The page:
To be sure, it is still important for startups to be connected to the traditional tech hubs such as Berlin and London for large clients and funding. But some firms are moving from those cities because it is easier to compete for talent against the major tech businesses.

Brainnwave, a data analysis platform, was founded in London in 2015, but its headquarters was moved to Edinburgh a year later, partly to tap academic research and talent from local universities but also for the convenience of starting up a business. “Five or six years ago, I would have thought that it’s all happening in London and Silicon Valley; why would you move out of that,” said Steve Coates, the firm’s co-founder.

Meanwhile, some regions are seeing new tech businesses evolve out of outsourcing operations and shared service centers. Consider Vilnius, a northern European city that has for years been home to technology and business support centers for firms like British bank Barclays and money-transfer company Western Union Co.

Vilnius is now attracting technology development operations by big firms such as Uber, and smaller firms like American software maker Unify Square Inc. and Belgian data science company Sentiance NV.

Toon Vanparys, chief executive of Sentiance, said they chose Vilnius because the city has a large pool of engineers and data scientists locally, plus they can attract senior engineers living elsewhere who want to move away from the chaotic lives of large tech cities. “We will probably build smaller tech hubs in the future, based on the quality of living and the availability of talent,” said Mr. Vanparys.

There has been a flurry of construction of modern offices in Vilnius lately. Office space is expected to go up by 9% by the end of this year, to 8.2 million square feet, according to Ober-Haus Real Estate Advisors.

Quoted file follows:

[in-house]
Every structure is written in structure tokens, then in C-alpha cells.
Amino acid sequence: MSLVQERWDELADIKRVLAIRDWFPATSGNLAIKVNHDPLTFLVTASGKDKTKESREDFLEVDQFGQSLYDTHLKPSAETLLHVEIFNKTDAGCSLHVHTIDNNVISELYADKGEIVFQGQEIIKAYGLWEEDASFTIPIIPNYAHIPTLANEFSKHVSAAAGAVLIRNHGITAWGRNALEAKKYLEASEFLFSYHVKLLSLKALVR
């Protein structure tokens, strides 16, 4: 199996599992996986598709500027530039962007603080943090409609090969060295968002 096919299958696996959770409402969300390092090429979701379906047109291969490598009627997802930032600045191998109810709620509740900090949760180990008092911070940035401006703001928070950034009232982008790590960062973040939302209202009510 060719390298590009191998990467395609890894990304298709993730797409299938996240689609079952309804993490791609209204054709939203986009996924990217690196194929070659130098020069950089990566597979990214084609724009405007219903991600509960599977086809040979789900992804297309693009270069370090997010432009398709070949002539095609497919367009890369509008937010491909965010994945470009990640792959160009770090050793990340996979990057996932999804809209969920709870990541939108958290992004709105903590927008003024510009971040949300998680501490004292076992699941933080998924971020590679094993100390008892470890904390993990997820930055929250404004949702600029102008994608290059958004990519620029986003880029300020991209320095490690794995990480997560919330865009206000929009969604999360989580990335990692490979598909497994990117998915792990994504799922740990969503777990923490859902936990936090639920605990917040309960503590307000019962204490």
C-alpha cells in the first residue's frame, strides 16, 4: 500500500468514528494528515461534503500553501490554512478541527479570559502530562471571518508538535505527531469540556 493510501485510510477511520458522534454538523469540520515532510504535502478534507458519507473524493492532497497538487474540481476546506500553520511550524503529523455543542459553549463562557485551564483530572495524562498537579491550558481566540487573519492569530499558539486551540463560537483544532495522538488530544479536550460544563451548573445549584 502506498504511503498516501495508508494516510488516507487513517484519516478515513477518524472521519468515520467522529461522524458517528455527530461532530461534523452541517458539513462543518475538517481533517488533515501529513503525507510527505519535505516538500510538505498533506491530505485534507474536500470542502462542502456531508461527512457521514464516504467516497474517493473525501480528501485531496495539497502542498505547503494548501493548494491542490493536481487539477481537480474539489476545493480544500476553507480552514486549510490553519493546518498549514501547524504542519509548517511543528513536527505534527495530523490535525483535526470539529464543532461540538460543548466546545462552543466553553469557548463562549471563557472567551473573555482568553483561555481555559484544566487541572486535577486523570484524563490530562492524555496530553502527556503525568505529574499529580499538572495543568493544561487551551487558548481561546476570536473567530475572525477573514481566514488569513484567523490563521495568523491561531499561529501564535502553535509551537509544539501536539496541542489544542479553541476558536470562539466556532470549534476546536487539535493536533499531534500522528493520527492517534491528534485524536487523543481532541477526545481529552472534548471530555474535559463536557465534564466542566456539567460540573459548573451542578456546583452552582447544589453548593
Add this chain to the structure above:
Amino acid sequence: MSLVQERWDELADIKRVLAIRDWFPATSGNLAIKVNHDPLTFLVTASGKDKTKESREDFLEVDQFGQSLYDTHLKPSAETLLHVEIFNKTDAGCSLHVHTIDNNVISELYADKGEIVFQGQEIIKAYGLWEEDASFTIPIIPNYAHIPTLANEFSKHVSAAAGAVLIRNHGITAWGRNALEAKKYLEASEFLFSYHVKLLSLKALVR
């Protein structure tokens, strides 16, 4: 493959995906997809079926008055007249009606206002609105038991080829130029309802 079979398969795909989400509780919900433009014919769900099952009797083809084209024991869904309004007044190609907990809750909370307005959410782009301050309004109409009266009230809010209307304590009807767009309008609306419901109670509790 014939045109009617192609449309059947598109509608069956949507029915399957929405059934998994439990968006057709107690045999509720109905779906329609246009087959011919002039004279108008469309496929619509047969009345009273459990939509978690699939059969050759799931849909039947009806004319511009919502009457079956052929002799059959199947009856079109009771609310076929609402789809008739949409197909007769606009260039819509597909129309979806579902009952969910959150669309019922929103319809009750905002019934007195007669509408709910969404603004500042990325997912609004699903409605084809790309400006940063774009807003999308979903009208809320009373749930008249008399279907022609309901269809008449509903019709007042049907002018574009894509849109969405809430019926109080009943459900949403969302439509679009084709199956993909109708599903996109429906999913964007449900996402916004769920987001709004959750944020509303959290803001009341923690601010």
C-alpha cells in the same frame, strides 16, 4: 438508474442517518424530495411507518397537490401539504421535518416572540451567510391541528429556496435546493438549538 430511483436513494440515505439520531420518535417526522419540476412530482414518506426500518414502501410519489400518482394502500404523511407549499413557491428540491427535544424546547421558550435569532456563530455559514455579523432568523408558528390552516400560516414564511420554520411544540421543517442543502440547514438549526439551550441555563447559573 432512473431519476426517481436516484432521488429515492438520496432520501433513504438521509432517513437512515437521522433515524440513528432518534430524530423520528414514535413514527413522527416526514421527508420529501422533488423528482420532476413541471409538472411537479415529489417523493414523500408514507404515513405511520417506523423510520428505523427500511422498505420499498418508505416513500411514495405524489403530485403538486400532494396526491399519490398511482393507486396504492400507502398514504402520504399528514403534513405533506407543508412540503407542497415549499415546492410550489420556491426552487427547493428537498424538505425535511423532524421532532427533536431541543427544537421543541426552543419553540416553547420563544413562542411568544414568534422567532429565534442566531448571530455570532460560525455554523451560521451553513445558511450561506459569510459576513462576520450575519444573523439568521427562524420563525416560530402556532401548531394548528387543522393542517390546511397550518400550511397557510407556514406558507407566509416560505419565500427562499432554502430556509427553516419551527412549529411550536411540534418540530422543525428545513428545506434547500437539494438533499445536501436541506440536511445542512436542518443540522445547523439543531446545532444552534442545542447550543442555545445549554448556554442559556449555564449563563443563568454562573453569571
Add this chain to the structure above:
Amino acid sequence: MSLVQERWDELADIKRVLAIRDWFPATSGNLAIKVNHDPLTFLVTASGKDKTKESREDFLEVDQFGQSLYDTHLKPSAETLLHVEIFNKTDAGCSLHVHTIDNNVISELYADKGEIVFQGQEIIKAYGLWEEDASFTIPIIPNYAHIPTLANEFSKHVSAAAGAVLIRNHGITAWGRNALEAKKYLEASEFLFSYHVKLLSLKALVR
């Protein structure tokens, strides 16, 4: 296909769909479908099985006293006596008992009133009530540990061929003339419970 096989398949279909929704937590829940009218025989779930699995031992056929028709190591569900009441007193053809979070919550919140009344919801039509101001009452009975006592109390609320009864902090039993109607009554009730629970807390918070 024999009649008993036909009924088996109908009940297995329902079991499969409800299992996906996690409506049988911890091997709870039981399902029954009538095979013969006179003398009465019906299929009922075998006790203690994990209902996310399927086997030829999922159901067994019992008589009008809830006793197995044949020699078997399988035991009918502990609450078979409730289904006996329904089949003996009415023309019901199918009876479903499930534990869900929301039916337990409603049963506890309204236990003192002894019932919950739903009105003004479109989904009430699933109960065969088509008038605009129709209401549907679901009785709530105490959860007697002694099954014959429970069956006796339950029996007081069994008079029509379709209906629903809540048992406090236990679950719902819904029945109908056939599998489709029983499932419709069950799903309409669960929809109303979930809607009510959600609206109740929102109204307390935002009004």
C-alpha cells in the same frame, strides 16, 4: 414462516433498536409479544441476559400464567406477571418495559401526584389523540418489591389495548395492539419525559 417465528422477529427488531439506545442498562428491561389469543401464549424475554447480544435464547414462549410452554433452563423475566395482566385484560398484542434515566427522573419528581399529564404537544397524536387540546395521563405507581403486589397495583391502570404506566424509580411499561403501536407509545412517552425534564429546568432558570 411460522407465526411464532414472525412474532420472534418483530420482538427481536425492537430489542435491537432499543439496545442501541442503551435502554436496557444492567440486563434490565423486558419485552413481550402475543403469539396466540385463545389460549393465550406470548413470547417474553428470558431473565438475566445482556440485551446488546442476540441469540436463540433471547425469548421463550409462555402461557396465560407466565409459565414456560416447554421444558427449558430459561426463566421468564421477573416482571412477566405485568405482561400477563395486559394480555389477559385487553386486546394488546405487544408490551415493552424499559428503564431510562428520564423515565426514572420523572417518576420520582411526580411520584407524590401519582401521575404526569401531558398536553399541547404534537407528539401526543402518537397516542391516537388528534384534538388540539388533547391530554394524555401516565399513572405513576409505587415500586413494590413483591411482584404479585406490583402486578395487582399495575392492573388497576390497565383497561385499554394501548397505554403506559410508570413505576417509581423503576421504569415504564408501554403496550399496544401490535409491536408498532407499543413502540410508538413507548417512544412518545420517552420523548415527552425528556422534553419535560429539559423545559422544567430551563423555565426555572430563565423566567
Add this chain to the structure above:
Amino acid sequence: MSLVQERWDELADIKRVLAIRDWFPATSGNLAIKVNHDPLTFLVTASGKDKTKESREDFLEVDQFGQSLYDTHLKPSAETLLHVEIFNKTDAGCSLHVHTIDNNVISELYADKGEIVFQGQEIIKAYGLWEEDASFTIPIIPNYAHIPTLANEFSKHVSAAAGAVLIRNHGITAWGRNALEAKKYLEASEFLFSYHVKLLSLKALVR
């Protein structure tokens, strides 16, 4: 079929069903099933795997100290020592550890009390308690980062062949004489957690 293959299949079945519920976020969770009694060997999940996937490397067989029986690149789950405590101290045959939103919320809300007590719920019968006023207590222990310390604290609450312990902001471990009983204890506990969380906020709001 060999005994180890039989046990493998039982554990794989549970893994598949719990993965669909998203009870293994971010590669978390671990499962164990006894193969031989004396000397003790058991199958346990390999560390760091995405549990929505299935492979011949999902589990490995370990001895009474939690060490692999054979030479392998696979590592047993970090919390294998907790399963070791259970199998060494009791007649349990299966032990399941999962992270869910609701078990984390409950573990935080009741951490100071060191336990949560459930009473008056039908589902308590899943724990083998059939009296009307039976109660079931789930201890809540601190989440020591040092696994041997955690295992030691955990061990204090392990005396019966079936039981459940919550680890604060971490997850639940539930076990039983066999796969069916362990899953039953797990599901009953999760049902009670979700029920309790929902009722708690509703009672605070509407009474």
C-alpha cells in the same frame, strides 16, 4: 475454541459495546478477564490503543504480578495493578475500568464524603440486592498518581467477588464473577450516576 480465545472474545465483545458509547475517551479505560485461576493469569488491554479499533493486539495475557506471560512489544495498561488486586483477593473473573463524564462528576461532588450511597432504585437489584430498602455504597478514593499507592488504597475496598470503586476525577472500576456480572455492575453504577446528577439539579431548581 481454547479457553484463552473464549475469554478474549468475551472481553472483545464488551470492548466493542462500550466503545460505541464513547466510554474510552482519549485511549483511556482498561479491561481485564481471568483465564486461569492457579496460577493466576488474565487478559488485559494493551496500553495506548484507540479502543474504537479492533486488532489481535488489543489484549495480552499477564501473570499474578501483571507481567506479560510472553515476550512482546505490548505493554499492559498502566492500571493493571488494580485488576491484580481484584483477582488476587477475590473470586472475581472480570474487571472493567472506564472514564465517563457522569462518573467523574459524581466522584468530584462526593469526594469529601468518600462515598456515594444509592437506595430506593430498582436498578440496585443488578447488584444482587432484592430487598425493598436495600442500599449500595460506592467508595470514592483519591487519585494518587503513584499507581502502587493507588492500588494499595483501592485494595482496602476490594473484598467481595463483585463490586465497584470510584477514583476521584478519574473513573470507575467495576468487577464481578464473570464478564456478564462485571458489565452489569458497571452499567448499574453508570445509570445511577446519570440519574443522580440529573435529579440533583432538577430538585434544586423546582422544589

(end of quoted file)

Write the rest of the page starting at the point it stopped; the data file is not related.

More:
Kraków, the second-largest city in Poland, also is now building on its background in outsourcing work to attract new technology development. New York Stock Exchange-listed software developer EPAM Systems Inc., which has a market capitalization of $6 billion, in 2016 opened its second office in Kraków to service clients and to work on software development.

EPAM has several offices in central Europe but the one in Kraków will be its largest in this area, ultimately with a staff of about 1,000 people, said Balazs Fejes, EPAM’s co-head of global business. “Cost is one driver, but the second driver is availability of talent,” said Mr. Fejes.

Other European cities have capitalized on the success of one or two technology companies. For example, Tallinn, the capital of former Soviet state Estonia, was the home of the early development of Skype, the internet-phone service provider. Skype was bought by Microsoft Corp. for $8.5 billion in 2011, but continues to have a development office in Tallinn.

The founders of TransferWise, a global money transfer startup that has been valued at more than a 1$ billion, are Estonian. Tech companies leased 21% of all office space taken up in the city between 2012 and 2017, according to JLL.

Some larger technology companies are going to cities that aren’t on the tech map yet. EPAM, the American software developer, this year plans to open an office in Malaga, the sixth-largest city in Spain.

Mr. Fejes calls Malaga the San Diego of Europe, and said they hope to attract talent from everywhere in Europe looking for a better quality of living.

“In every city today, I think there is a tech scene,” he said.